I've been in love with Matthew Perry since 1996.
I know that liking Friends is hardly a unique claim, but I dedicated a wall of my bedroom to posters of him. When Chandler fell in love with Joey's girlfriend, Kathy, in Season 4, I wanted to be her. Hell, I still do. And my crush didn't end at Friends. I watched every movie he made, each show he helped create; I waited for Matthew Perry's moment, when the world realized how fucking awesome he is.
So when I found out he'd written a play called The End of Longing that would debut in London's West End, I got tickets immediately.
My brother booked us front-row seats — an amazing feat in itself — and I looked forward to collecting Perry's spit in my mouth through the show (weird?). Once there, I gripped the wrist of my brother's girlfriend so tight, I nearly broke it. And seeing Perry on stage, mere feet away, was crazy-good, and the slight tremor in his hand during the first act was hella cute. Welcome to the stage, Matthew Perry: playwright, actor, hot-as-hell be-stubbled man.
While I fully understand that Matthew Perry is a celebrity and, as such, I have no claim to him, there's a certain expectation of actors when they're performing in the West End. Sure, no individual has to greet their fans at the stage door after the performance: it's a choice they're fully in control of. If you seriously can't be bothered for whatever reason, that's fine. When I saw David Schwimmer in the play Detroit, he left via a secret entrance of the theater so as to not meet fans after, and I can't fault that decision. Not everyone wants to give autographs or huddle close to their fans. So when you choose to leave by the stage door on a nightly basis, you're entering into a contract with fans who have bought tickets to your show.
I'm under no illusions here: I am completely pathetic. I knew as much when I got front-row seats to Matthew Perry's play, when I bought a program and a poster for said show and, again, when I made the decision to wait by the stage door after. Even though a voice nagged inside my head that I should leave, particularly as the February weather was so inhospitable, I stayed. Perry's car was ready and waiting, engine running, and the security guards assured fans that he would be out soon and that he would be giving autographs. I wanted to leave, but I couldn't. The crux of the problem is crushes — they fuel irrational decision-making.
Some people had waited longer, perhaps while the rest of us watched the play, to claim a coveted place at the metal barrier. I had only one person in front of me, and figured I'd see Perry up close, if nothing else. My brother reiterated the phrase, "This is going to be shit," a couple hundred times while his girlfriend reconsidered any previous desire to marry into the family. As five minutes turned to 50, I knew this wasn't my finest moment, not even close.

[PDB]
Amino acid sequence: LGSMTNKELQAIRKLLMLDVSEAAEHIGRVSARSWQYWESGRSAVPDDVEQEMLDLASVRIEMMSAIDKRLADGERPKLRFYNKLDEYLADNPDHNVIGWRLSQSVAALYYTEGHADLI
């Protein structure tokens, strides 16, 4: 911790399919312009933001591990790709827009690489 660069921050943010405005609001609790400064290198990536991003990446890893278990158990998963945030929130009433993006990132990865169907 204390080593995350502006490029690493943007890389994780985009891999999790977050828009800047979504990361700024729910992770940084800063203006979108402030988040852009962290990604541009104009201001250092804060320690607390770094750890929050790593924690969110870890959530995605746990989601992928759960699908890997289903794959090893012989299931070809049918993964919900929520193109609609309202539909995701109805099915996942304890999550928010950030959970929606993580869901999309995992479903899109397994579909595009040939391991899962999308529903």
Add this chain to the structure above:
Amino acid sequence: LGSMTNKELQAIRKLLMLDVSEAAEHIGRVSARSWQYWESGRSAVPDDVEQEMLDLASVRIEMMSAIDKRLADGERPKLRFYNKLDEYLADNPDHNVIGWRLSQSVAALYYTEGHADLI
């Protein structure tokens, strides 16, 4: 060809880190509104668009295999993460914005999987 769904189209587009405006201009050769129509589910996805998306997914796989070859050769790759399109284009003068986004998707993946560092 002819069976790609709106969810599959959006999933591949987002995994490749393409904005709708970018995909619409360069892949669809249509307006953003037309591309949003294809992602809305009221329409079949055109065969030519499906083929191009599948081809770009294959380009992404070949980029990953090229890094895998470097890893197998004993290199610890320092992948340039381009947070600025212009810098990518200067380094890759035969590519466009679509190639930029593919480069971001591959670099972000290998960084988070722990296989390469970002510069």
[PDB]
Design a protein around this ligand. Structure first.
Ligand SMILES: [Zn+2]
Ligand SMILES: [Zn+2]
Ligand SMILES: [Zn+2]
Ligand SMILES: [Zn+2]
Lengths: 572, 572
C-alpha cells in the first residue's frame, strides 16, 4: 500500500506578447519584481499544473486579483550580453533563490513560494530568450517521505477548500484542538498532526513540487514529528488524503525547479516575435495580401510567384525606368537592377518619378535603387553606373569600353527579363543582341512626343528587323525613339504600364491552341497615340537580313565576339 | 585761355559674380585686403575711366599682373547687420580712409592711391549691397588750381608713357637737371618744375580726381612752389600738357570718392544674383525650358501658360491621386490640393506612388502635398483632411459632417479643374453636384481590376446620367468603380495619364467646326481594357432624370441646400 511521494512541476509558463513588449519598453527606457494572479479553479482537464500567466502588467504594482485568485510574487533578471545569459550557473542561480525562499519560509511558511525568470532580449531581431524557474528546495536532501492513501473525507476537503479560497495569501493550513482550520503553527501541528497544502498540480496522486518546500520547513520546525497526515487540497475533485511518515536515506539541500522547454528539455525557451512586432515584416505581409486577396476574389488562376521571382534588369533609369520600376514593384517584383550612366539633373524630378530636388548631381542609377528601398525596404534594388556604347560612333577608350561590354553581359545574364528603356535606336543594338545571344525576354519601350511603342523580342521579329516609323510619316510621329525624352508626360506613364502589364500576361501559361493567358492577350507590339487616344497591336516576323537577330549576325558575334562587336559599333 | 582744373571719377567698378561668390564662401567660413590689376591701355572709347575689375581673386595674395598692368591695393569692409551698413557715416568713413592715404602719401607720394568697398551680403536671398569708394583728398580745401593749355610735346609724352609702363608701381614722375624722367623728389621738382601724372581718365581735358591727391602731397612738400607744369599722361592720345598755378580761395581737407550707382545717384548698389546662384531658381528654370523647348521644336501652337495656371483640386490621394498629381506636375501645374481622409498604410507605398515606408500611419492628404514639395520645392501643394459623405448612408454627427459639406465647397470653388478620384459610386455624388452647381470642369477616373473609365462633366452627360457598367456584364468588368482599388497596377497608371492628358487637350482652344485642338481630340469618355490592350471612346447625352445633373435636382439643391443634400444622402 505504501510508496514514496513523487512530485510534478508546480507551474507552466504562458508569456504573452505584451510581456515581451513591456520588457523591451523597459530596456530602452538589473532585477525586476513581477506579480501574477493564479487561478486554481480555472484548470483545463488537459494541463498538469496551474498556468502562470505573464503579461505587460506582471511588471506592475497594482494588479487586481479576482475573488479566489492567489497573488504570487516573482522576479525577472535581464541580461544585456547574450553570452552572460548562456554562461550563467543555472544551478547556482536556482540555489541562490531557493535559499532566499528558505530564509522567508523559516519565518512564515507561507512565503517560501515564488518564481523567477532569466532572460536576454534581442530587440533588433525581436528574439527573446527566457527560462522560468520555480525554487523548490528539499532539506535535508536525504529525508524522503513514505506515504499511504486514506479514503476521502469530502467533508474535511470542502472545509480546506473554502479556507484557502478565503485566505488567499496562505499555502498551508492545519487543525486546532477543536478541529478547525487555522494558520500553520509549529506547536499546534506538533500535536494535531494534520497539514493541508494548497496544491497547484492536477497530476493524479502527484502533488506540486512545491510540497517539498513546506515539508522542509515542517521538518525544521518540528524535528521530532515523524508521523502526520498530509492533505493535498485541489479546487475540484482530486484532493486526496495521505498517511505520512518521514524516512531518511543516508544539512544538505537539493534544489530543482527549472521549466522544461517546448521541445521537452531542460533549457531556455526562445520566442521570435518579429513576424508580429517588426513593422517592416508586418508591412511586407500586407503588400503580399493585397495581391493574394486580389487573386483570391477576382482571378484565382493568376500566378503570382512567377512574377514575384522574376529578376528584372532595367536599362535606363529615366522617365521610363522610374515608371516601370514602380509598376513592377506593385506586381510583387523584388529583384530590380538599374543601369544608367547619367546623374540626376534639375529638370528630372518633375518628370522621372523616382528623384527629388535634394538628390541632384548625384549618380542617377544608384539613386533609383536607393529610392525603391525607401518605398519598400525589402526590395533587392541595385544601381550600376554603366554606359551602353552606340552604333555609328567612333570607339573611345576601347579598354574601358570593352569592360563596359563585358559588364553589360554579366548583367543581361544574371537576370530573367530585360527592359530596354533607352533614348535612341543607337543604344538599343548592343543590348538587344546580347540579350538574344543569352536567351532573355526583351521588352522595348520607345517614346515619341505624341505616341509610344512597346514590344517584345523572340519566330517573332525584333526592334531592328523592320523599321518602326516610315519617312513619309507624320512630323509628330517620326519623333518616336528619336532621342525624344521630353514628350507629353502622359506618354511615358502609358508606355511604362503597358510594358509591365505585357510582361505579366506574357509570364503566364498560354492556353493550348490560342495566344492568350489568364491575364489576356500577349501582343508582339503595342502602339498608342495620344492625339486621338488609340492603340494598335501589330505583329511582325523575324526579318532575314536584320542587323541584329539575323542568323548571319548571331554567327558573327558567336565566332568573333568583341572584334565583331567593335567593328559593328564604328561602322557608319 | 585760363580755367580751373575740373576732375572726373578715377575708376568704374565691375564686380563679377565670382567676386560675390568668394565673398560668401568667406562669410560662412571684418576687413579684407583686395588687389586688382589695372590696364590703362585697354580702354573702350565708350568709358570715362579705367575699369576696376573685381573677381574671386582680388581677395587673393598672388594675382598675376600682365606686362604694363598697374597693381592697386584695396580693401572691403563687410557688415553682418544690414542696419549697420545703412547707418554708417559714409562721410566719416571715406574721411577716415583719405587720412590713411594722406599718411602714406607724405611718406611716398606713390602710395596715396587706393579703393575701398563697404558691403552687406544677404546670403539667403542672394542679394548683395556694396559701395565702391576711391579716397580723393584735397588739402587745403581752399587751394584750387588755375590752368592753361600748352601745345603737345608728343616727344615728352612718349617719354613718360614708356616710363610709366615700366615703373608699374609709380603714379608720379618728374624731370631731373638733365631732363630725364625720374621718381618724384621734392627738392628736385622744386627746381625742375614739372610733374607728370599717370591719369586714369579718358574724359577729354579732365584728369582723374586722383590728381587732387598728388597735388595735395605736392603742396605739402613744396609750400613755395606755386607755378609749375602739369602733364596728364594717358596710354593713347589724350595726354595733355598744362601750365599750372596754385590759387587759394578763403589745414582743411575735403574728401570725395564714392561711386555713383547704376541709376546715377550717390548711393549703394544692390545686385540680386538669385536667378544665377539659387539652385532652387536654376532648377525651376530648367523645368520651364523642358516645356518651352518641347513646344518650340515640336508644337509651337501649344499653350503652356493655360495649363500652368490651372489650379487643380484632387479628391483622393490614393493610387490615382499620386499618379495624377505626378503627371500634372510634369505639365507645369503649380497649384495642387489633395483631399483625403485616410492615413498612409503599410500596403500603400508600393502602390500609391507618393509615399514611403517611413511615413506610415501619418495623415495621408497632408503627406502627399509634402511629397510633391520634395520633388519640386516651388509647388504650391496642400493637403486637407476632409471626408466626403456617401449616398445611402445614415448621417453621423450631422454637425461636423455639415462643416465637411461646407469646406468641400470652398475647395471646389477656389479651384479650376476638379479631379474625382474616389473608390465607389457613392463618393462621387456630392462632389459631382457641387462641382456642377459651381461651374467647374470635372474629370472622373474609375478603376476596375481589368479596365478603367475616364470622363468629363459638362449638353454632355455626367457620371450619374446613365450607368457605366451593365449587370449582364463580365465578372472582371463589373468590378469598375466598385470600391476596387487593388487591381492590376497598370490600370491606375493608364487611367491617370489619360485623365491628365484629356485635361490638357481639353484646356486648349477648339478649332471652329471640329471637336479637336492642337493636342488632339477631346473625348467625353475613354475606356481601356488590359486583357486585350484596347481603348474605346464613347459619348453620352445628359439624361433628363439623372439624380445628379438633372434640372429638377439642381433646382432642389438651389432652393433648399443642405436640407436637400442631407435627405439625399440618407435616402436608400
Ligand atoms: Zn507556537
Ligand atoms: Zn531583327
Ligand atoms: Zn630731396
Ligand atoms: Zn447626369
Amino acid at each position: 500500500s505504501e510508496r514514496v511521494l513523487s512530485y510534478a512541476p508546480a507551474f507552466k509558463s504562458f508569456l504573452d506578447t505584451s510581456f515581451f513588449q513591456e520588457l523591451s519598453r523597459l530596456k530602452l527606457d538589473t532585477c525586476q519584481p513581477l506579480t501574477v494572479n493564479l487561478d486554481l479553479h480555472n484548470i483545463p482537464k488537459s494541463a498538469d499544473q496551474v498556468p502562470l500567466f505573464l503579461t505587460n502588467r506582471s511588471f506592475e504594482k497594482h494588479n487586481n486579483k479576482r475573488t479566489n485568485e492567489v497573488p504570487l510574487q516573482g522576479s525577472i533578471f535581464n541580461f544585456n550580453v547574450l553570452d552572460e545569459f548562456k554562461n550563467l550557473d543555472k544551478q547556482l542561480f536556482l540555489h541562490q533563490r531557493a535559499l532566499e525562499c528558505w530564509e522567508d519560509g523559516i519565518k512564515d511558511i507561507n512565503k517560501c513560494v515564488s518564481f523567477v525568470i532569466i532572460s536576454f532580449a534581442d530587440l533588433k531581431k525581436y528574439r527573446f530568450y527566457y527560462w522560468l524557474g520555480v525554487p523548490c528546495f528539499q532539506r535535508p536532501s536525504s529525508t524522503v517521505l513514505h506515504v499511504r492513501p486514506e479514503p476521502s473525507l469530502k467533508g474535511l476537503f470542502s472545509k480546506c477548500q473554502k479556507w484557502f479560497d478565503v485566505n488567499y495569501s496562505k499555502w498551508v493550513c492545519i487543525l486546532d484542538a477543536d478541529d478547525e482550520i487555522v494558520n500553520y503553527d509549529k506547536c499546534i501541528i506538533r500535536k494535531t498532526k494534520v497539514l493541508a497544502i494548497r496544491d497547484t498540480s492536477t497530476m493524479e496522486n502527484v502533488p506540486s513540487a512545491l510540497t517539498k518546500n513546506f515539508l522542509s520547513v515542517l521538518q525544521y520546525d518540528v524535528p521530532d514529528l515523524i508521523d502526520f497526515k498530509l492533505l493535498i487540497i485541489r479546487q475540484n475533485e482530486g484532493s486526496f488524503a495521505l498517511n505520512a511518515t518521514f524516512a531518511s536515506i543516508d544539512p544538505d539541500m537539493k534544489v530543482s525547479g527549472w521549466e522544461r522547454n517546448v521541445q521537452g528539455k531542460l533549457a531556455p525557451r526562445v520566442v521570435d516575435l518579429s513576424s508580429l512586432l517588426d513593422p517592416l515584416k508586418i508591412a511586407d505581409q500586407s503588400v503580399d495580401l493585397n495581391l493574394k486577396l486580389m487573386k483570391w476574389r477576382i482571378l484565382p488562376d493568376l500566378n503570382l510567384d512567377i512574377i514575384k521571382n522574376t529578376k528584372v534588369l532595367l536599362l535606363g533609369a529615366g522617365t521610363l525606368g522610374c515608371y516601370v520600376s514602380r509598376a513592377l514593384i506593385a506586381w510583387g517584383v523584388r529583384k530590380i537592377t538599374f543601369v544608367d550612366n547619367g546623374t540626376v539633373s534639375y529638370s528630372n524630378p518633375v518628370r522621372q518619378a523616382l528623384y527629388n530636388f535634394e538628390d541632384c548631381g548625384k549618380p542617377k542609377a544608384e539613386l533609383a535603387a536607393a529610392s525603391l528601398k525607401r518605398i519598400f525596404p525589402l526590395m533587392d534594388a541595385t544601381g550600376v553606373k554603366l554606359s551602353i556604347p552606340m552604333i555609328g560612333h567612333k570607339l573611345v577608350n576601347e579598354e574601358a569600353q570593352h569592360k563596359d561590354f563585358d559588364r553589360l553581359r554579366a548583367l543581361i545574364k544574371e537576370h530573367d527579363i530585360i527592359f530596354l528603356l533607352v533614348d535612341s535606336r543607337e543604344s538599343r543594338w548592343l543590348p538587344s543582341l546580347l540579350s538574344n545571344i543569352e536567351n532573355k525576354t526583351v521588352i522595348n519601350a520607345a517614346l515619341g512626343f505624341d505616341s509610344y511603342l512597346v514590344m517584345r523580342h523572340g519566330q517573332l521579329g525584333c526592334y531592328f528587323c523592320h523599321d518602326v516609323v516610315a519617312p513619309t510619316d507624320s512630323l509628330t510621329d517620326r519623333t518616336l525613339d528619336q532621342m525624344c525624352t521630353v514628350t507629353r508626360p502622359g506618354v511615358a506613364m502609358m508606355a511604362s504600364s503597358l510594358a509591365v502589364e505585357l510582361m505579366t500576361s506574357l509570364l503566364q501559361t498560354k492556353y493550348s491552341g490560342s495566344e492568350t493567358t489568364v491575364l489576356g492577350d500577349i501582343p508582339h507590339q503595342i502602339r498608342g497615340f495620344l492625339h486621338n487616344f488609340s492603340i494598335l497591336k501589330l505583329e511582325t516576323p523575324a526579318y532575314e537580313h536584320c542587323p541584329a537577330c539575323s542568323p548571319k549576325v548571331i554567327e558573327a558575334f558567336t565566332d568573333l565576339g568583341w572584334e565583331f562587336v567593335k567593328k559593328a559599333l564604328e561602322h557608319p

That old adage, the one about never meeting your idols, is often true, but I wanted to so badly disprove it, because Matthew Perry, after all, is one of the great loves of my life, without even knowing it. Sure, I don't have a hope in hell with him in any realistic version of events, but he's the first man I completely fell for, more important to me than my first, second, or third boyfriend. Having devoured just about everything he's made, performed, created, I respect him where others may not and know he's way more than his Chandler Bing persona. This feeling, though, is what made the whole experience all the more depressing.
We stuck around long after others, who began bailing as 11 p.m. approached, thinking we'd stayed this long, so what's five minutes more? What we didn't realize then was that five minutes more meant crushing disappointment. But how could we know that?
About an hour and a half after The End Of Longing finished, Matthew Perry came out of the stage door. He took a pen from the person nearest the exit and signed five programs, said, "I'm not doing photos," twice, didn't smile, and then signed, like, five more programs. Then he got in his car. He kept his eyes down, didn't make small talk, never asked fans what they thought.
And the worst part? Before he left, I actually begged, "Matthew, please." I am the most pathetic, and there isn't any doubt now.
In the Uber home, I considered what this meant for my 20-year-long Matthew Perry crush. Was it over, or was this merely a blip on an infinite time line? Was he a jerk, or just having a bad night? Is this what he's like as a person, or was this event in a vacuum? While my concerns might seem trivial, the connection we have to celebrities can be just as important as the places we grow up and the people that raise us. Perry's impact on my life is crucial, and evolving, and I (stupidly) think that means something.
As far as epiphanies go, the truth is, life is shitty, no one owes you a damn thing, and everyone you love disappoints you in the end. It's what happens next that's important. Which is why I'm re-watching Numb, and hoping the world realizes that Perry's penchant for drama (The Good Wife, The West Wing) should score him a series that matters, soon.